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Today's word on journalism

January 13, 2009

Breakneck:

"I get the feeling that the 24-hour news networks are like the bus in the movie 'Speed.' If they stop talking for a second, they think they'll blow up."

--Jon Stewart, The Daily Show, 2008 (Thanks to alert WORDster Ross Martin)

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In nod to diversity, Christmas Tree Lane becomes Holiday Lane

By Lexie Grant

December 11, 2008 | The Associated Students of Utah State University Traditions Committee changed the name of Christmas Tree Lane to Holiday Lane this year to be more accommodating to growing diversity.

Crystal Degen, chair of the Traditions Committee, said the name change was an important way for the university to be more considerate to diversified beliefs of the students.

She said, "Not everyone celebrates Christmas. We are trying to consider what other people believe and include them in the lane."

Degen said that a Festivus was held during the week of Holiday Lane to include those who do not celebrate Christmas.

A Festivus is a non-denominational holiday, made famous in the sitcom Seinfeld. It was formed due to the dismay of the commercialism of the traditional December holidays, and is continuing to be adopted and taken seriously by many people throughout the world, according to New York Times reporter Allen Salkin.

The Festivus involves an aluminum pole rather than a tree, and an Airing of Grievance ceremony where people are given the opportunity to tell others how they have disappointed them in the last year. The USU Festivus included a spaghetti dinner, an Airing of Grievance, and a free concert featuring Allred and We Shot the Moon.

Another new change to Holiday Lane, Degen said, was the presence of menorahs to the lane.

student Amy Mattson said, "If we are celebrating holidays, and you can put Christmas trees in, why not extend it to include other holidays that are celebrated. Utah State may not have the most diverse student body, but we still need to be open to the ideas and cultures of other people."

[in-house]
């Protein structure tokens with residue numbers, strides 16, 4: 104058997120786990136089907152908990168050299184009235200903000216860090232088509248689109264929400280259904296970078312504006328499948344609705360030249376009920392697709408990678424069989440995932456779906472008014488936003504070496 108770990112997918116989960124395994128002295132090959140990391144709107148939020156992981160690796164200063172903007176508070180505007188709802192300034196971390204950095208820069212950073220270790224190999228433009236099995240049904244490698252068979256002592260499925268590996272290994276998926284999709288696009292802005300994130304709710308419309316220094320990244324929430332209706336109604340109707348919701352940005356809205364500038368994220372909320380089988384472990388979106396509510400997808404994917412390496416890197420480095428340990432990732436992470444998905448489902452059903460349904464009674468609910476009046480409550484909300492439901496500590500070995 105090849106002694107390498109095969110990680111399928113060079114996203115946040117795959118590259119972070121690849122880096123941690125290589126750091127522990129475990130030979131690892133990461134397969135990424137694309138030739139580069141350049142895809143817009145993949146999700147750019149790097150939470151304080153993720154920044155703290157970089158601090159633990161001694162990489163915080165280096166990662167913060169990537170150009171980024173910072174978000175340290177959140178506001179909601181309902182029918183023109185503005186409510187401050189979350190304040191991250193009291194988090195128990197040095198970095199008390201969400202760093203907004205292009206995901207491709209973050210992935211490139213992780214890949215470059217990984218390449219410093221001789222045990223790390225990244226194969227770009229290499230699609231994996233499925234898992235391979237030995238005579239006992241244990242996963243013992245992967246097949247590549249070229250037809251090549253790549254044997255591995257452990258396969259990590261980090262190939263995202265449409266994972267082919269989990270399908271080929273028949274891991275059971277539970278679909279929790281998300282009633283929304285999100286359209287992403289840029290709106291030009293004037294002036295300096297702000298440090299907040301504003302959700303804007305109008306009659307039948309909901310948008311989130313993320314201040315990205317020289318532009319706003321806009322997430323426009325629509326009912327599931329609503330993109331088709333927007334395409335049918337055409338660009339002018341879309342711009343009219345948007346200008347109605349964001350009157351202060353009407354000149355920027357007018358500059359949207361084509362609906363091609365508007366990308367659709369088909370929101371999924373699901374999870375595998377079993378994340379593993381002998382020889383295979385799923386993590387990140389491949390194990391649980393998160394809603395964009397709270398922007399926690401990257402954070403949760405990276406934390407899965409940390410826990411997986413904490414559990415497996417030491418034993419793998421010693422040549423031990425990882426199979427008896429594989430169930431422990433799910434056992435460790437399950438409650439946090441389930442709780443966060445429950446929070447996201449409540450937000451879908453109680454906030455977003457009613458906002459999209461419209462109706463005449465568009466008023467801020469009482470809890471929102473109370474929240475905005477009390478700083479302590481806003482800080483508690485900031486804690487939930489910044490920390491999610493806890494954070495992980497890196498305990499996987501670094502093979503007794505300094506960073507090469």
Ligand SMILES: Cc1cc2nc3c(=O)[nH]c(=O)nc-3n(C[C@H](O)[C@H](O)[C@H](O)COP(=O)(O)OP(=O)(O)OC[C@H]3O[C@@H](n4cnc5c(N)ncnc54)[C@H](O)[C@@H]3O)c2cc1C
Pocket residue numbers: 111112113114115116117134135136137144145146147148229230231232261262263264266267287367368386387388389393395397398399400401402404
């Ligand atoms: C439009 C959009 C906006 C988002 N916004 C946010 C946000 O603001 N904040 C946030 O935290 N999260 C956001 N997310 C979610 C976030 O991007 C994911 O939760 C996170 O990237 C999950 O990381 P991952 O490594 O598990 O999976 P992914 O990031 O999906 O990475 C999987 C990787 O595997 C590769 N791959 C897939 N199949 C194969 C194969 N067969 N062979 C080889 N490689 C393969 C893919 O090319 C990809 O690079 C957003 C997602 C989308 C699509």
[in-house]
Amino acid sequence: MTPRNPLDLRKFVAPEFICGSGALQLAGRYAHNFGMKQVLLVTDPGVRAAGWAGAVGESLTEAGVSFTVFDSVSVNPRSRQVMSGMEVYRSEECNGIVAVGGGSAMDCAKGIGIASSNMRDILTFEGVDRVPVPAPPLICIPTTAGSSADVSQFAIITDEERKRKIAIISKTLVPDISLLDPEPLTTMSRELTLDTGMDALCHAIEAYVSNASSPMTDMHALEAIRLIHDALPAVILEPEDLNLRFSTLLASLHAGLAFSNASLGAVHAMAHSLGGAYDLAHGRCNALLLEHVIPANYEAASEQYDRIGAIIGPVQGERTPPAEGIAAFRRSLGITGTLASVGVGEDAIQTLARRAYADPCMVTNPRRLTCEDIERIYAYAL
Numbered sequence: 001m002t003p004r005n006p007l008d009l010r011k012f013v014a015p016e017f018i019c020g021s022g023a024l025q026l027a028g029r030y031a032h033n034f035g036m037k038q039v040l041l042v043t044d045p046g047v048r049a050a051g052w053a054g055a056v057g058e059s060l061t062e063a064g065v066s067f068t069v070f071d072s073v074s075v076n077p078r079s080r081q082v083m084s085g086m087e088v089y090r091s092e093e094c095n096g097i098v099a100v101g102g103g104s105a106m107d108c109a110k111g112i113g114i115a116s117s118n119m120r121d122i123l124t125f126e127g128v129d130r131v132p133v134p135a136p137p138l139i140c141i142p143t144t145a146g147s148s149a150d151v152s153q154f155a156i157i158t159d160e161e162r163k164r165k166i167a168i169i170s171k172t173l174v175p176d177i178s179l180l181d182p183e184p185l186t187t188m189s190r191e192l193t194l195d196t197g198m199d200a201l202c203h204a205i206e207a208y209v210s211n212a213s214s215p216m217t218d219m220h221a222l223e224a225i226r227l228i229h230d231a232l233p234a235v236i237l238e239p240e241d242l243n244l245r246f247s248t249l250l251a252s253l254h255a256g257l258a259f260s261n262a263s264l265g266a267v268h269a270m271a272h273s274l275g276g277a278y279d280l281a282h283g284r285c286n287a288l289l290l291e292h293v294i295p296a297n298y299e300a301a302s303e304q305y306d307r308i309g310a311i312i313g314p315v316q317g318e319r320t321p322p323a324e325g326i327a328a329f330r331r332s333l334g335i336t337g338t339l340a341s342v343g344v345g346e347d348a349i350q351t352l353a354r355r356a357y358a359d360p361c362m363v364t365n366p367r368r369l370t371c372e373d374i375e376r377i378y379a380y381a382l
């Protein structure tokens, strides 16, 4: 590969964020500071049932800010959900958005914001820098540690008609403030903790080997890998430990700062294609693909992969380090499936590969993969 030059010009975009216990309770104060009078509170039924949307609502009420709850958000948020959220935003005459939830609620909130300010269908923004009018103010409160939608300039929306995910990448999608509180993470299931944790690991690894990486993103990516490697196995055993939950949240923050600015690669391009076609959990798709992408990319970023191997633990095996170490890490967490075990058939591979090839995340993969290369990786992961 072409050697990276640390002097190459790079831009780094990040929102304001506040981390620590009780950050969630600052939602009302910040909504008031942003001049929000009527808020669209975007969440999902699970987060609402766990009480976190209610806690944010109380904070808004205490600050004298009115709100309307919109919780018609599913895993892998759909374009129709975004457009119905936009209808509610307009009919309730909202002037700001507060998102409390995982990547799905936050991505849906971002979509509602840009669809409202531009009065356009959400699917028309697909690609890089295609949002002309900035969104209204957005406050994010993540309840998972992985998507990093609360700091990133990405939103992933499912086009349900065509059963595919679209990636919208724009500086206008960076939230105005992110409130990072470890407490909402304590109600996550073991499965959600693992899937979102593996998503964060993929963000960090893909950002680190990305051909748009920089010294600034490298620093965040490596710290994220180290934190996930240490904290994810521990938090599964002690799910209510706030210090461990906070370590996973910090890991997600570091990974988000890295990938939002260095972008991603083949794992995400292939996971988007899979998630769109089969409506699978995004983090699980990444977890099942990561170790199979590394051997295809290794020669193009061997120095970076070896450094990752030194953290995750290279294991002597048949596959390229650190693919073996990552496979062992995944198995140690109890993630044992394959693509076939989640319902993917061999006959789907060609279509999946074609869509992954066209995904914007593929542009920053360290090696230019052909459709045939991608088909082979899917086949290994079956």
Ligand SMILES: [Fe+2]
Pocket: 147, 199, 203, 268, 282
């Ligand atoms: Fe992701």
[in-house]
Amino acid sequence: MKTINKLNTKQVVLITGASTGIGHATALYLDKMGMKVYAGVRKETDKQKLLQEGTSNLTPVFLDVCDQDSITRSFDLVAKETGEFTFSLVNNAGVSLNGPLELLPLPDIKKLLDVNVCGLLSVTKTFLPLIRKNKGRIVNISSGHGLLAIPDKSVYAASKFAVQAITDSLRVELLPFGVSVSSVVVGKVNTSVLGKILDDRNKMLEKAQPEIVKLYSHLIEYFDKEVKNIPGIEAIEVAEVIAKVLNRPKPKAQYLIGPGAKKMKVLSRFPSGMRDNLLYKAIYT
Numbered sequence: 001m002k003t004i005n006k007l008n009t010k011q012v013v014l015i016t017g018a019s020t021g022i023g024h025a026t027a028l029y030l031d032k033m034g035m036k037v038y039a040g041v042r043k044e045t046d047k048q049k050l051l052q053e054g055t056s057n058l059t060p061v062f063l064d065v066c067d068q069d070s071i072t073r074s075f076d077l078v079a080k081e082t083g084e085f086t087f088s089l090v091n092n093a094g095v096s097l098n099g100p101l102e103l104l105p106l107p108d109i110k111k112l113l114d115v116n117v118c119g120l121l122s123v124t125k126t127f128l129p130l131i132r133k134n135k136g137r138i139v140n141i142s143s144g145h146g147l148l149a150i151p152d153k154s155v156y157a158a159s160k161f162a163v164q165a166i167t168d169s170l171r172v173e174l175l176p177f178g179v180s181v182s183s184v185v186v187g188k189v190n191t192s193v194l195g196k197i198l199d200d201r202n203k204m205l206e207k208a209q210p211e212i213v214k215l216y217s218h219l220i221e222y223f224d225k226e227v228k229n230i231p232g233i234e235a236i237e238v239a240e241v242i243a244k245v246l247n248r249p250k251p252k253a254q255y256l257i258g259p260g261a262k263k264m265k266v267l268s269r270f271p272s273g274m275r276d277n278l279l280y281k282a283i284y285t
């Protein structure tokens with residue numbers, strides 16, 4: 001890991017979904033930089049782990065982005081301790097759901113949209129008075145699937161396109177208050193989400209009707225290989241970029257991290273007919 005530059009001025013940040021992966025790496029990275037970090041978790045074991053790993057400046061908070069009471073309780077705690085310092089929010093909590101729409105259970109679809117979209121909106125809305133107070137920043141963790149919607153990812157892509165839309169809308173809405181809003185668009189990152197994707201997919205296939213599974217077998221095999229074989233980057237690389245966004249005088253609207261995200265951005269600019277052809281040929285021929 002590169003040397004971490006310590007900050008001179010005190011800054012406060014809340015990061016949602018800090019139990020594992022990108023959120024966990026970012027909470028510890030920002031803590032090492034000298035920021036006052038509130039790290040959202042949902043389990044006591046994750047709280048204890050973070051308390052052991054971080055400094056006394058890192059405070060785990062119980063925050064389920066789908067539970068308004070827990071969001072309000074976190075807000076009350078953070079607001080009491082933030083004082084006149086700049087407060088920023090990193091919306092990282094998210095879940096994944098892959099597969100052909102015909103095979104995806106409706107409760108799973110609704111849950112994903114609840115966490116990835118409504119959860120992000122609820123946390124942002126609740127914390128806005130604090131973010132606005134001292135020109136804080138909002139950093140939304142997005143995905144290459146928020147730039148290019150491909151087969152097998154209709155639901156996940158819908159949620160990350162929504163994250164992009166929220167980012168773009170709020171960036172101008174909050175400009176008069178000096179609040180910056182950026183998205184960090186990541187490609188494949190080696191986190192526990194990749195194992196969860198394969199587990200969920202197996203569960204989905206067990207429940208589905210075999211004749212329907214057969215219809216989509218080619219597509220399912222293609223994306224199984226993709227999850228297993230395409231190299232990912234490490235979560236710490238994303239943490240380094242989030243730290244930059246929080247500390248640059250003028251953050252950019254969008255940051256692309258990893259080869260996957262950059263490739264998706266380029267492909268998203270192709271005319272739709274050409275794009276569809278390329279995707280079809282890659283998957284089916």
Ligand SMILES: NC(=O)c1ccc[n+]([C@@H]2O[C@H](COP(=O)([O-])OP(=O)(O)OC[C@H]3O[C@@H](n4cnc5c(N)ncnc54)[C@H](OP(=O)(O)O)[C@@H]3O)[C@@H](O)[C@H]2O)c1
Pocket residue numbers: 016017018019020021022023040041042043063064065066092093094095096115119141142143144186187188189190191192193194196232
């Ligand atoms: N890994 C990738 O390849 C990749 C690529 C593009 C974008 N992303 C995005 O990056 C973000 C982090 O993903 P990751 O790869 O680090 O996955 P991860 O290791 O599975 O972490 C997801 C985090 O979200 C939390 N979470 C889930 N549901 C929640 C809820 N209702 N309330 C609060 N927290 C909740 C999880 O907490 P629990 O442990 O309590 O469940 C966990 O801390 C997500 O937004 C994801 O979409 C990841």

According to Degen, Holiday Lane is a service project held the first week of December. This year, there were 33 trees decorated and donated by different clubs and organizations at USU. These trees were put on display in the TSC International Lounge.

The trees have diversity in themselves. The different clubs and organizations get way into decorating, and design their tree to the theme of their group.

Kiely Hayden, Student Alumni Executive Board Service Chair, was in charge of organizing the decorating of the USU Student Alumni Tree. Hayden said that thinking of ideas and ways to decorate the tree was a fun experience for the group.

As an organization Student Alumni decided to use one of their best traditions to theme the tree, True Aggie Night. Hayden said it was full of hearts and kisses, and topped with a miniature replica of the A. She said, "This year we have been celebrating True Aggie Nights to the fullest. It was such an awesome way to extend this celebration and share one of our organizations main events as a service project."

With the help of Bear River Head Start, the trees will now be distributed to low-income families in the Cache Valley who would not have a Christmas tree without this service project.

Hayden said, "I feel so honored to be a part of this amazing tradition at USU, and I hope that our tree will be able to bring the Christmas spirit to a family in need."

MS
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